I was asked to engage in an online debate about whether evangelism in the workplace is appropriate as a representative from the evangelical, Faith & Work Channel on the Patheos.com. Arguing that evangelism is never appropriate in the workplace was a representative from the Progressive Christian Chanel. You can read my opening post is below, and find my other two posts by following the links below on our website. But if you are stout of heart, let me encourage you to go to the Patheos site and read the angry comments leveled at Christians below my post.
- It's a sad reminder of how hostile to the Christian faith some non-Christian coworkers have become--much of that based on interaction with Christians. .
- It's a solemn reminder of the immerging perspective that biblical Christianity is considered dangerous, not just irrelevant.
- It also raises a significant warning to those of us who want to see work colleagues come to Christ that the starting point is demonstrating that all Christians are not jerks.
Count me among the growing number of people who believe faith matters at work, and that the more faith falls to our workday margins, the more dehumanizing work becomes.
But to speak of faith while at work—that’s a subject about which Christians often butt heads.
Many Christians wrongly think evangelism is a verbal message. They forget that to believe a message, you have to trust the messenger. The New Testament consistently reminds us that, as much as our words matter, evangelism always has a context that includes how we live and work. Paul, for one example, advised the Colossians to act first—then speak:
Be wise in the way you act toward outsiders; make the most of every opportunity. Let your conversation be always full of grace, seasoned with salt, so that you may know how to answer everyone. (Colossians 4:5-6 NIV)
In conversations, many Christian’s, regrettably, fall short of “full of grace.” According to a Barna Group 2013 survey, 51 percent of Christians are more like Pharisees (hypocritical, self-righteous, judgmental). Only 14 modeled the actions and attitudes of Jesus (selfless, empathy, love)—and that’s the rub.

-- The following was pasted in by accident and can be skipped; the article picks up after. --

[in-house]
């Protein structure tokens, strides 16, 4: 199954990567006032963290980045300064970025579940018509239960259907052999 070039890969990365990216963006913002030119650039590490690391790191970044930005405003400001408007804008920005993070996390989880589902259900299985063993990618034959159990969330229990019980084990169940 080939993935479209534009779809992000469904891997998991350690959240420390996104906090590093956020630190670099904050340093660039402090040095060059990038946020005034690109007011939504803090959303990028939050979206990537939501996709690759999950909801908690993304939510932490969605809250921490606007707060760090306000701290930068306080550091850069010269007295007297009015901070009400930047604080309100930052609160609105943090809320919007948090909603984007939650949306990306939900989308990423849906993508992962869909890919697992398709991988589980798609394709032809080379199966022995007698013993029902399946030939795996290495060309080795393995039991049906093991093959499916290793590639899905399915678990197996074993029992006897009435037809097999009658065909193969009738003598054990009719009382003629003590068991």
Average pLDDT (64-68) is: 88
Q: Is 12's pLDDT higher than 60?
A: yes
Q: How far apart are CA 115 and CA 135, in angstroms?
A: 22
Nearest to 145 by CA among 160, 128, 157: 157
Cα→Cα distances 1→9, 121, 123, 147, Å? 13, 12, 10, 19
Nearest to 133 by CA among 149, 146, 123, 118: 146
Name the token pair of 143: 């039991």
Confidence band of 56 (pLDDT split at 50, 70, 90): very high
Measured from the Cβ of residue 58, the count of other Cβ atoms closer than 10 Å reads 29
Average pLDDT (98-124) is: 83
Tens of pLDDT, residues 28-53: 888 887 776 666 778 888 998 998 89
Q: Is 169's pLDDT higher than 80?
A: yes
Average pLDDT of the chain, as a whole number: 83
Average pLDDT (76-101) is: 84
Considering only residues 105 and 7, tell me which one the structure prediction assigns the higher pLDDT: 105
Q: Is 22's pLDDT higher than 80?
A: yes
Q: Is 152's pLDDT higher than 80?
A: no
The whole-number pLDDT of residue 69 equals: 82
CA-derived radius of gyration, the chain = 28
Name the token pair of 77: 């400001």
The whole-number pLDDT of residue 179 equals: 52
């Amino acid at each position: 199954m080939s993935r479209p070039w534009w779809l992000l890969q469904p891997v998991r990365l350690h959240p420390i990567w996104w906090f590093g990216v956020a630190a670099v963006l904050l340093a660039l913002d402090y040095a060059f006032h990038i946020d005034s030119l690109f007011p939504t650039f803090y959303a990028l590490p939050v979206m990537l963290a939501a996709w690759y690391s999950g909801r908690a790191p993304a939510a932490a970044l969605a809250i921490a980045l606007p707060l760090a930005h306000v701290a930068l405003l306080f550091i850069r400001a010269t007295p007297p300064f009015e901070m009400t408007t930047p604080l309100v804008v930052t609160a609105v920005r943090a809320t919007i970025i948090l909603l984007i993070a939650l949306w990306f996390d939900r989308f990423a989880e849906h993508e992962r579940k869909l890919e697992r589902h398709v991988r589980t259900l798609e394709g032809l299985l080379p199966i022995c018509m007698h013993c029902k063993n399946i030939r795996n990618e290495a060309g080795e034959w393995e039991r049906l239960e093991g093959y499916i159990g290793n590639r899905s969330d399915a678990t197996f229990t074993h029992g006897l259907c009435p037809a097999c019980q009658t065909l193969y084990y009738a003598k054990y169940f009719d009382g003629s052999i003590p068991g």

Modern-day Pharisees, as in Jesus’ day, create more heat than light—and that colleague, hostile toward Christianity, likely has been pounded by some over-zealous Christian.
So forced conversations should be forced out. Dietrich Bonhoeffer observed that
Jesus himself did not try to convert the two thieves on the cross; He waited until one of them turned to him.
Workplace or no, the Bible’s guideline to talk about faith is:
Always be prepared to give an answer to everyone who asks you to give the reason for the hope that you have. But do this with gentleness and respect . . . (1 Peter 3:15, NIV)
Speaking of our faith comes with a qualifier. We answer those who ask. In any setting, especially at work, to faith-ambush a person who has no interest hardly qualifies as gentle, respectful, or appropriate.
Faith fueled by grace, however, affects the winsomeness of our character, the quality of our work, and the sincerity of our concern for others. Those who work around us can’t help but wonder what makes us tick.
In those cases, it’s appropriate to talk when:
- a coworker shows interest.
- the conversation arises naturally out of growing friendships built around work.
- it’s not a diversion but fits naturally in a conversation.
- it’s safe to disagree without inviting judgment.
Response to my opponent's "10 Reasons It's Wrong to Evangelize in the Workplace" entitled, "Yes, You Can Talk About Christ Without Being A Jerk in the Workplace"
Concluding response to the debate: "Co-workers Are Not Projects"
© 2001 - 2015 Bill Peel for Mission Work Blog at Patheos.com. All rights reserved. Reprinted with permission from Mission Work Blog at Patheos.com. Article by Bill Peel.